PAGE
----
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Workshop prepares gardeners for spring

PENN YAN—It was really too cold to work in the garden March 27, but the crowd in the Yates County Auditorium did the next best thing by hearing techniques for growing better gardens.
Jean Bonhotal, associate director of the Cornell Waste Management Institute, led off with instruction on feeding the garden with at home composting. The technique for making compost is simple and the materials not only save money by shrinking the amount of material that goes into the garbage, but the end result is a bonus for home gardens. As vegetative materials decompose, they produce heat and Bonhotal outlined the importance of making sure the compost is hot enough. Most seeds are killed during the process, but Bonhotal laughed as she mentioned one exception; tomato seeds, drawing chuckles from the audience.
Containers for composting can be very simple, just as long as they are situated so air can circulate, important because the microorganisms that will be working on the material need air. She said, “Aged doesn’t mean anything if it didn’t go through the thermal process.”
The beauty of composting is that so many materials can be composted. Exceptions are meat, fat and grease. Leaves and lawn clippings are excellent additions combined with potato peels, apple cores and other parts of fruits and veggies that are often put in the garbage. Near the end of the presentation Bonhotal outlined three of the more beneficial features of compost which included good water retention, lower disease pressure and higher quality food. Add that to the savings that result from keeping good potential compost materials out of the waste stream and composting becomes a winning situation.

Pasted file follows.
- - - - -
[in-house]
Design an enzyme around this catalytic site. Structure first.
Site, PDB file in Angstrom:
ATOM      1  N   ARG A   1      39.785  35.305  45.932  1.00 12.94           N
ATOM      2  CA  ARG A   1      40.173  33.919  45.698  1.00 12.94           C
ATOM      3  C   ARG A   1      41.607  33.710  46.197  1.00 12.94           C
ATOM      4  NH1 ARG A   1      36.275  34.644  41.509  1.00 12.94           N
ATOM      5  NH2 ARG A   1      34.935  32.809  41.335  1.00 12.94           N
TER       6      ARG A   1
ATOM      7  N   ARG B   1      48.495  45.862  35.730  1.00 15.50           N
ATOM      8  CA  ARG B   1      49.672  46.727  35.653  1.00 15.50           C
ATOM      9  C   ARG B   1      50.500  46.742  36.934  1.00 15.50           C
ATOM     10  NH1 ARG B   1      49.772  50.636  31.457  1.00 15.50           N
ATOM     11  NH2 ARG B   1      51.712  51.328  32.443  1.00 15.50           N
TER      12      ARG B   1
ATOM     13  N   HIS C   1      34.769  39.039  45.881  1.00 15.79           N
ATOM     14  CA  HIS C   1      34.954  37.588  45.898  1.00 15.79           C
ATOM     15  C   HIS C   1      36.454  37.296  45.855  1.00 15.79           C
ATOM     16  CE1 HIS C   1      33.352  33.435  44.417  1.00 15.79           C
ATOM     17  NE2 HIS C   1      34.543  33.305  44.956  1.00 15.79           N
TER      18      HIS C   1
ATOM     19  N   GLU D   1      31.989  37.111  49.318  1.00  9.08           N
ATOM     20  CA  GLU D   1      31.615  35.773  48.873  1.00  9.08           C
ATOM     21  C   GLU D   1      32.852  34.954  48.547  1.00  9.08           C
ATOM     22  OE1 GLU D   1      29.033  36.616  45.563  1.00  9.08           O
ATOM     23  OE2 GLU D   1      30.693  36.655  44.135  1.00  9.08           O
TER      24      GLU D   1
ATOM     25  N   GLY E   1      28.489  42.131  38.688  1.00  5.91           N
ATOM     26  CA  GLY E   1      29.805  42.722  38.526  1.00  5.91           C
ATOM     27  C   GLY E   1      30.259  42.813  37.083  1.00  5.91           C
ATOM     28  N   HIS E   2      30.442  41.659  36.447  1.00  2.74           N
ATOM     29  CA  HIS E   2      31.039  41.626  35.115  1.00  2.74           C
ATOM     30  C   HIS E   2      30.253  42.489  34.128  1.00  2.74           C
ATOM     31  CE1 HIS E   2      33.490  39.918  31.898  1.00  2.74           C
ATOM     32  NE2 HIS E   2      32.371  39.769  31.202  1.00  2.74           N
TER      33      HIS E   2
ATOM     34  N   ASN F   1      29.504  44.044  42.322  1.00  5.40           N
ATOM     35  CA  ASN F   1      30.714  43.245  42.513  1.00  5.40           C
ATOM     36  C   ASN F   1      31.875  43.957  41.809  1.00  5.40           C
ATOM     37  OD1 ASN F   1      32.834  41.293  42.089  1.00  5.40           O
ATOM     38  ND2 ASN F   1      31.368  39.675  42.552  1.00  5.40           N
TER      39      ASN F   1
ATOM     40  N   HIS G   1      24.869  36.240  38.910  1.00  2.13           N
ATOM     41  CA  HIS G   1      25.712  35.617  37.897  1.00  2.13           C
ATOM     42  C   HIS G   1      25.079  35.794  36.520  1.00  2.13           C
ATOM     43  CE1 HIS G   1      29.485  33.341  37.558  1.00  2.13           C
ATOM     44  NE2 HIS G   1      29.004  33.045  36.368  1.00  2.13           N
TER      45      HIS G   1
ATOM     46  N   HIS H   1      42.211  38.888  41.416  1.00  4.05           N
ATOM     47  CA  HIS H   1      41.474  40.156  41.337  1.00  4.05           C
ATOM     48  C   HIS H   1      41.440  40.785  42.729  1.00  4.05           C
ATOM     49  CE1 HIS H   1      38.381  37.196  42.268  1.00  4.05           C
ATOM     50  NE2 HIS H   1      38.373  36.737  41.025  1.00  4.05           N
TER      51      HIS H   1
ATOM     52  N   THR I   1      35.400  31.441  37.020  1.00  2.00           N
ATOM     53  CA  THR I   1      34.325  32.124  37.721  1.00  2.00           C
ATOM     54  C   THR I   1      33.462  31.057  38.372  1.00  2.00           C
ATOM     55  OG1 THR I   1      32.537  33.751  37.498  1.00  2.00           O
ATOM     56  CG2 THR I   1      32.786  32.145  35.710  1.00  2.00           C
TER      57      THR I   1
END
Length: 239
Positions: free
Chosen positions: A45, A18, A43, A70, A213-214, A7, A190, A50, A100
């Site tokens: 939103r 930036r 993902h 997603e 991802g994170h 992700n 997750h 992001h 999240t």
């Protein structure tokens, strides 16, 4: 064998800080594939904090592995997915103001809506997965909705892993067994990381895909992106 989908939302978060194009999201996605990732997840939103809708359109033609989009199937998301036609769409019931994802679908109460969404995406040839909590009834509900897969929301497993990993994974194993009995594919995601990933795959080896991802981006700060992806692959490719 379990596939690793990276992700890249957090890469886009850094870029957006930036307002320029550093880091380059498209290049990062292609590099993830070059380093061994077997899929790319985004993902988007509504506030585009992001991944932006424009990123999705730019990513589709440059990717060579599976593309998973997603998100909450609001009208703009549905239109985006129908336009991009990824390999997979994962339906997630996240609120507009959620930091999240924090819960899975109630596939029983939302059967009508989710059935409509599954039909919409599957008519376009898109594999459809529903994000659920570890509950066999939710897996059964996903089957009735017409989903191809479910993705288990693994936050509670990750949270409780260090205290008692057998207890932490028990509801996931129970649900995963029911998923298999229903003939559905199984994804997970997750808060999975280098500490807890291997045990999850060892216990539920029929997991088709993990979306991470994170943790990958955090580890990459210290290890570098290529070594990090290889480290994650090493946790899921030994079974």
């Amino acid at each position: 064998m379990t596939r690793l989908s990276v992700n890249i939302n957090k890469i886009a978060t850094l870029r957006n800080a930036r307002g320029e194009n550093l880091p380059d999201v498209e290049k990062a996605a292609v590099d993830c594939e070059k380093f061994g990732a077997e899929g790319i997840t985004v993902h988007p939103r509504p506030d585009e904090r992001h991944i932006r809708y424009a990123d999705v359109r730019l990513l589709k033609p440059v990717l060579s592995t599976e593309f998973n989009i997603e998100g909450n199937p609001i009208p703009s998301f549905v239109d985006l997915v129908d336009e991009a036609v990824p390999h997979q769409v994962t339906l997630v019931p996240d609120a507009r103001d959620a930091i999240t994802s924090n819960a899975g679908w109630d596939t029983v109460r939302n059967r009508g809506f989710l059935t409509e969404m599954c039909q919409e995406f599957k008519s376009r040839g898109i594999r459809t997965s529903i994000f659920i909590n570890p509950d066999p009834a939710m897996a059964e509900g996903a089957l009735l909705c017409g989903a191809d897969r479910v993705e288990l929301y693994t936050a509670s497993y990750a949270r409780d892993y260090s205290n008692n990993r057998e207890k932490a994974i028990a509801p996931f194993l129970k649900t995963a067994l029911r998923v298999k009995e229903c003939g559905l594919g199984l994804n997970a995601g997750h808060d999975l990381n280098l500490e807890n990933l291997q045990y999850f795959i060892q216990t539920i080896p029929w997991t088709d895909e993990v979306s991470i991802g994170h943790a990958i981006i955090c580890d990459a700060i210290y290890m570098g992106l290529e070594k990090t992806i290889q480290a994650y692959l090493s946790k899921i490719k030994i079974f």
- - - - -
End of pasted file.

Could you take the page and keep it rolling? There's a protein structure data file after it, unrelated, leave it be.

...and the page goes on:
Abby Seaman is Vegetable Integrated Pest Management Extension Area Education with the New York State Agriculture Experiment Station at Geneva. She is currently researching examining the impact of soil quality and ecosystem factors on pest populations. She urged the audience to keep the soil healthy and feed it organic matter. Few knew before her presentation that plants actually have an immune system, and this fact can influence gardeners to keep the soil healthy. Seaman also noted regular addition of organic matter is very important for soil health. Late blight was also discussed during her presentation. This disease destroyed countless tomato and potato crops last year. Seaman urged gardeners to be sure to rotate their plantings each year and if planting potatoes, to purchase only certified seed potatoes.
Laura Erickson is the Science Editor for the Cornell Laboratory of Ornithology. The focus of her presentation was attracting birds to backyards. She said, “We have totally skewed the birds we have around because we have modified the environment.” Using Canada geese as an example, she said they are the only birds that eat and digest grass. Lawns and golf courses and other large grassy areas are very appealing to them. Feeding birds, making windows bird safe, keeping cats indoors are all important as is good sanitation around bird feeders.
Erickson spoke about several species of birds, focusing a good deal of attention on hummingbirds. They arrive in this area in May and the tiny birds are the most aggressive feeders at hummingbird feeders. She said they only feed together when the weather is horrible. Their nests are unique in the bird world because they stretch as the baby birds grow. This is possible because the nests, which are the size of a walnut shell, are made of spider silk and lichens.
As in past years, the annual program sponsored by Yates master gardeners had the entire audience primed for good gardening weather so they could use the information from the day as soon as possible.

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